3.5★ “‘Don’t you want to know what happened? she asks.
‘Of course, he says. ‘But I’m not sure how you can help.’
She takes a breath. This is the first t3.5★ “‘Don’t you want to know what happened? she asks.
‘Of course, he says. ‘But I’m not sure how you can help.’
She takes a breath. This is the first times she’s told anyone, trusted anyone.”
There are a lot of first times for trust in this complex story and almost as many times when that trust has been misplaced, particularly for Mandy, who is about to open up to Martin about her past.
We know she’s had what might politely be called a colourful youth, but we (and Martin) have never been privy to a lot of the details. As it turns out, people from her past who have been haunting her are connected to the recent murder of someone in Martin’s life.
The book opens on the beach below their home in Port Silver with Martin playing on the beach with toddler, Liam, Mandy’s son. Martin has been ignoring his phone, but when he finally checks his messages, he hears a horrifying scream from Mandy.
Between these cliffside houses and the beach is a long series of stairs from top to bottom, or in Martin’s frantic state, from bottom to top. By the time he gets up there, hauling Liam, of course, Mandy is gone, kidnapped, taken to Sydney, and there’s a body on the floor.
Mandy is in Sydney, and that’s where the action takes place (after Martin parks Liam with loving rellies and deals with the authorities about the body). He has also had a call from his old Sydney Morning Herald editor and mentor asking him to meet with him urgently about a great scoop he wants Martin to handle. So it’s back to the Big Smoke.
He has been a foreign correspondent (as has the author), so it’s interesting to see his flat, his pad, and some of the ‘trophies’ he’s collected.
“... a carving of Christ, from deep in the Amazon, a declaration of rebellion from the Arab Spring, a bullet-holed road sign from Africa. ... He’d once been proud of them, impressed by his own achievements, curating an exhibition in his own honour, but now they seemed try-hard and sad. Who else decorates walls of their living room with work-related memorabilia? Dentists with X-rays of recalcitrant mandibles? Accountants with challenging spreadsheets? Politicians with high-denomination brown paper bags? ... The Museum of Martin ...”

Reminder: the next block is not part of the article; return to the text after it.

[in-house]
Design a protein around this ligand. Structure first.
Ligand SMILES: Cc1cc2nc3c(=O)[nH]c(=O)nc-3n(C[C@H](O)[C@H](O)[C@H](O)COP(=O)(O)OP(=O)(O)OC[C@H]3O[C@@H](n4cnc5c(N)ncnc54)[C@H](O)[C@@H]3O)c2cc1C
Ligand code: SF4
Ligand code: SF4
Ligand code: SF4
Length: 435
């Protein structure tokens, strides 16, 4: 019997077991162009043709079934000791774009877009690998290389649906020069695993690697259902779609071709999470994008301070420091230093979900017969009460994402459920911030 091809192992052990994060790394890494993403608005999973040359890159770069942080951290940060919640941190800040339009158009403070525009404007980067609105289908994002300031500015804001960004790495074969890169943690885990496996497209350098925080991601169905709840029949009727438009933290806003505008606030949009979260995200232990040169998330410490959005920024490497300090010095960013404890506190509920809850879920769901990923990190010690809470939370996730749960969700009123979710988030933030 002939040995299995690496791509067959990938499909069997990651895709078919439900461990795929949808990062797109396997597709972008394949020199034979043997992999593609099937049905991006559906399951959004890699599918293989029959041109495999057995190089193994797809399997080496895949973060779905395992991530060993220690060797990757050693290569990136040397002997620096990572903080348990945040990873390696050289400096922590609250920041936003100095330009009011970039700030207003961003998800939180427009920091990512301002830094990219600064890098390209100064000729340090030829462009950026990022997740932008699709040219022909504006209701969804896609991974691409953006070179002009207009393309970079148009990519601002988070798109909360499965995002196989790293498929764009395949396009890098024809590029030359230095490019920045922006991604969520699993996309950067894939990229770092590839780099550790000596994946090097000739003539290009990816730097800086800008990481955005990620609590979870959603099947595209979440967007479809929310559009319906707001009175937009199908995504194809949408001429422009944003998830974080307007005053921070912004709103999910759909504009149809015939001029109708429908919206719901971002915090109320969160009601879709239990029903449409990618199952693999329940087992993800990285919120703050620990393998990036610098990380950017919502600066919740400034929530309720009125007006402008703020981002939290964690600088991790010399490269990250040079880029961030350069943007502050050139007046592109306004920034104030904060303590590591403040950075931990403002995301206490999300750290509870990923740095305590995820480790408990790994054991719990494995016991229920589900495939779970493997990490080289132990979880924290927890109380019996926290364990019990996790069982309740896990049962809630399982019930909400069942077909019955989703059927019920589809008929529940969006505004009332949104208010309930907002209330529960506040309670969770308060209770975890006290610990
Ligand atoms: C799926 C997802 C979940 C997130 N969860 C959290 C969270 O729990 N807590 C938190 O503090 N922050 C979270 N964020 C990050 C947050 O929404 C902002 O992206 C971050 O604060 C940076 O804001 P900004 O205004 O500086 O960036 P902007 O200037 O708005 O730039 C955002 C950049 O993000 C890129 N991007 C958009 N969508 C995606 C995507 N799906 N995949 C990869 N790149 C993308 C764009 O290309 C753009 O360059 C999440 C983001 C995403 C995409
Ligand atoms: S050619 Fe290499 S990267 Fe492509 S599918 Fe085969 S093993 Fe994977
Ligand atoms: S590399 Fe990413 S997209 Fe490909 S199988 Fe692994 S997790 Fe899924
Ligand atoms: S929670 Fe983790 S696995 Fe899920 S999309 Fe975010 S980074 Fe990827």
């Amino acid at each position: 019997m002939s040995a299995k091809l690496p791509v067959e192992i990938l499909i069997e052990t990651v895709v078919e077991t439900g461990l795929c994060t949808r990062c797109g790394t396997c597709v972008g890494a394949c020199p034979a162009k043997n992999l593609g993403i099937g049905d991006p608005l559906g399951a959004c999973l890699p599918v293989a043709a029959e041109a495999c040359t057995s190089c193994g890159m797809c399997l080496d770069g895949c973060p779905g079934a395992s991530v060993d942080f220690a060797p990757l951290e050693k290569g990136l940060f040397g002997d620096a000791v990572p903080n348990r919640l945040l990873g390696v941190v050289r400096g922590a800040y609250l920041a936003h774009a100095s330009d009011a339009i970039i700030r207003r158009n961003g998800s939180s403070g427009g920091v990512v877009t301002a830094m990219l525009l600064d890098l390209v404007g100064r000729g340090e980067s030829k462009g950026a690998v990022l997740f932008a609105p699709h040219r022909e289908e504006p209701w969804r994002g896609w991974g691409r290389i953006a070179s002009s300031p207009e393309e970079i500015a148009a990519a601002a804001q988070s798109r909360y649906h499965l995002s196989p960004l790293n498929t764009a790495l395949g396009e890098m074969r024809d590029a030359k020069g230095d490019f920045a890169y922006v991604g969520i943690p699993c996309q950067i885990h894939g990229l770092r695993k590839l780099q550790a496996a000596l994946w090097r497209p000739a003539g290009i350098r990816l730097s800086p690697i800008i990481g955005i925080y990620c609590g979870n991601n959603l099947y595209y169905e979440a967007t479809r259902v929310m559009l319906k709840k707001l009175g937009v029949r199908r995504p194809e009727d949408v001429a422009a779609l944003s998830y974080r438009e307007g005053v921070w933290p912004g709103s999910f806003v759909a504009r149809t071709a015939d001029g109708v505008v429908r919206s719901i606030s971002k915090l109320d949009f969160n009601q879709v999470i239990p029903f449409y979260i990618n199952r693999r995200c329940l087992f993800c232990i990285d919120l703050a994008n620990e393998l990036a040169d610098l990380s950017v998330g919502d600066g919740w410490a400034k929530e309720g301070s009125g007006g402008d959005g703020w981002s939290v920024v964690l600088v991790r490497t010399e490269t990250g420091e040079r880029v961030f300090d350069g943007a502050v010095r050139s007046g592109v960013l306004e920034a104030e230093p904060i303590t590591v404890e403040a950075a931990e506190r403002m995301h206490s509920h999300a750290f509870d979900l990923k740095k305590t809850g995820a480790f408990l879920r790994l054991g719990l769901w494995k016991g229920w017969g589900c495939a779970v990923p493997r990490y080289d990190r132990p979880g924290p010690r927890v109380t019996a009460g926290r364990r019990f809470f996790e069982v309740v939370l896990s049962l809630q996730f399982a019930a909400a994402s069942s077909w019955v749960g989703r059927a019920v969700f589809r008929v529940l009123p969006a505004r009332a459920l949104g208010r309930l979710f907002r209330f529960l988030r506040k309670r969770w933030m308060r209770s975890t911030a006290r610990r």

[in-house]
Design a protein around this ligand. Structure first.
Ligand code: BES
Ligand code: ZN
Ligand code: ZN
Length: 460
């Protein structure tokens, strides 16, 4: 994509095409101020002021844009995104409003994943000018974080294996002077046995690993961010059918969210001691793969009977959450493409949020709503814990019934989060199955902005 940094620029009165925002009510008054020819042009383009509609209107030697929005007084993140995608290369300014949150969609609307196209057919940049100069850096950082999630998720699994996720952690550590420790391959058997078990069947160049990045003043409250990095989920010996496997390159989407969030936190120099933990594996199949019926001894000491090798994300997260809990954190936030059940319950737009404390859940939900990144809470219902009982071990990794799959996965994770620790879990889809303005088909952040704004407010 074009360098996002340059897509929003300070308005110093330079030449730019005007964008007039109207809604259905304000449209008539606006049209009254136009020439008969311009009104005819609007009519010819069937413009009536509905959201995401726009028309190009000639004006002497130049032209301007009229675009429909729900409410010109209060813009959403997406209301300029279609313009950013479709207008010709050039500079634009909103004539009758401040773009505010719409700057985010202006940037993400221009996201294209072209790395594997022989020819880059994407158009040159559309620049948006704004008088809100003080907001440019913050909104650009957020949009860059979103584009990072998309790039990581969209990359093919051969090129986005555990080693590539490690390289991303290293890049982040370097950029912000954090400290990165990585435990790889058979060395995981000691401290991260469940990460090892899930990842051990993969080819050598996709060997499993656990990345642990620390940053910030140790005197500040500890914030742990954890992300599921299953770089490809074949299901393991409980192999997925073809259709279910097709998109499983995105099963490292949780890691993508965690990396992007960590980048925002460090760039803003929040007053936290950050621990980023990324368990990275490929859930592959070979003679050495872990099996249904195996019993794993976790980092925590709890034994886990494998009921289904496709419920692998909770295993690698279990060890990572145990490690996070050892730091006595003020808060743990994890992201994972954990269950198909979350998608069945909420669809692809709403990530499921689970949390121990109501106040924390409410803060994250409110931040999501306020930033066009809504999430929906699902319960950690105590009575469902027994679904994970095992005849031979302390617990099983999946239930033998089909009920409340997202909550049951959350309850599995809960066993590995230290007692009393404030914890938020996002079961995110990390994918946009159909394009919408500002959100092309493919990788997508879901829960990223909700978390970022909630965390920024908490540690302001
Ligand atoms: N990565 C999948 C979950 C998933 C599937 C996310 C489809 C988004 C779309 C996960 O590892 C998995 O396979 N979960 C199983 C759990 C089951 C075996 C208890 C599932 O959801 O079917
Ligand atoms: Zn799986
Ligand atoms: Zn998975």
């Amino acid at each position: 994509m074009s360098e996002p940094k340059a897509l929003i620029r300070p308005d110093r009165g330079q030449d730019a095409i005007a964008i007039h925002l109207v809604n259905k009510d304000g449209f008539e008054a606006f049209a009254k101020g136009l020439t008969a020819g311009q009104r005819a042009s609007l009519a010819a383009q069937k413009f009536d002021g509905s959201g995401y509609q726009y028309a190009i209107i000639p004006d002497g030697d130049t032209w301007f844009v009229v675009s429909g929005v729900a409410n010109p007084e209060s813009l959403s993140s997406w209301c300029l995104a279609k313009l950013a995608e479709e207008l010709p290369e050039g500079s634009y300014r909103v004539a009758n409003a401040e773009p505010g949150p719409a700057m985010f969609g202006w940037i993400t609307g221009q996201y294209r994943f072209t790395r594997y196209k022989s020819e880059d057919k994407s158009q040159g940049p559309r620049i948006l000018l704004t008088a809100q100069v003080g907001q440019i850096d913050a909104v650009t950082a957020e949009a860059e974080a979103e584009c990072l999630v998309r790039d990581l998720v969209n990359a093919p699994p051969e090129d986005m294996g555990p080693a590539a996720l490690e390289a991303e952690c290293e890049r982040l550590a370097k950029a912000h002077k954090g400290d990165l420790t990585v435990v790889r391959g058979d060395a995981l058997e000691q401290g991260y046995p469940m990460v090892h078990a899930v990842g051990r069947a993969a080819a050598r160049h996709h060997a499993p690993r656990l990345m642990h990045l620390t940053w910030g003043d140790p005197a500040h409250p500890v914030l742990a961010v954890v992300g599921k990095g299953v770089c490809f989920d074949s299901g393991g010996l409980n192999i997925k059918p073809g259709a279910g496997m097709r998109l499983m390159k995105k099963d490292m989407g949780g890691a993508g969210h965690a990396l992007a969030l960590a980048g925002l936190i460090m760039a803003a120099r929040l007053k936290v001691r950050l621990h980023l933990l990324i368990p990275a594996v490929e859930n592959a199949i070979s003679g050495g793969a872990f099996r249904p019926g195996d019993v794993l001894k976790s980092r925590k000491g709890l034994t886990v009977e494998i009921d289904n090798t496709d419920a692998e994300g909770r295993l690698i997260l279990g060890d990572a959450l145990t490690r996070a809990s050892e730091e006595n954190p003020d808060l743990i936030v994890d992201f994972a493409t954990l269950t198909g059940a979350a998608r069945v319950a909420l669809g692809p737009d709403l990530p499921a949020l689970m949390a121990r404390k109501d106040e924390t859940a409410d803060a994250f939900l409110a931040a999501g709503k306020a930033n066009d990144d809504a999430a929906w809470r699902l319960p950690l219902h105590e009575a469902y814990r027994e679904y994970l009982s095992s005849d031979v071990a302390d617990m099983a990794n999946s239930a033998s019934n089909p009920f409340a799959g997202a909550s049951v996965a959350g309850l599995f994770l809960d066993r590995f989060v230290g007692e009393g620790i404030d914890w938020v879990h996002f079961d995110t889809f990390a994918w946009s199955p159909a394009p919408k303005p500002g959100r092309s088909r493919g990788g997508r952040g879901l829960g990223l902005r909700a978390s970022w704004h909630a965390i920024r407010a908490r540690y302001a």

I suspect the author may speak from personal experience. But who doesn’t like to be reminded of the old adage, “The older I get, the better I used to be”?
The cast of characters grows, with so many people apparently not who Mandy or Martin thought they were. Journalists, judges, reporters, cops, investigators, friends, colleagues. They didn’t know who was trustworthy, and they occasionally had doubts about each other. Not surprising, considering the secrets Mandy reveals.
Turns out, she was engaged to someone before. Turns out ‘he’might have been a crook, might not, might have been an investigator, might not, might . . . it’s a story full of ‘what-ifs’and ‘why-didn’t-I-know-betters’ and all those soul-seeking questions that we ask in hindsight.
I think what I actually like best was the Sydney of Martin’s cadetship that he describes. I lived near Kings Cross in the late 60s and used to wait with friends for the truck to come to deliver the Saturday Morning Herald, an enormous paper, that had all the most recent classified ads for jobs and places to rent. You had to be quick to get the plum offerings!
“Of how after an evening of drinking and carousing they’d stagger up to Taylor Square at midnight to buy the papers fresh off the truck. The big, fat Saturday papers, still warm from the presses. Still smelling of printer’s ink, like fresh-baked bread to the young tribe of reporters, leavened by classified ads and supplements. And waking the next day to find the paper there to greet him, among the cigarette butts and empty bottles and the hangovers, left open at the page where he’d found his newly-minted byline.”
I remember those warm bundles and elbowing each other to grab a copy. (I didn't know anyone with a byline thought!)
I listened to the audio, because that’s what was handy, but I think I should have waited for a print version. There were too many people to keep track of, and it’s too hard to skip back to check the who’s who when a character pops up again later in the story.
Dorje Swallow is a good narrator with a pleasant voice and manner. There were times that I wasn’t sure who was speaking, although that can happen in printed material as well. If I have to wind back in the audio or flip pages back and start counting who the alternating voices are, I lose my place inside the story and move outside. Not satisfactory.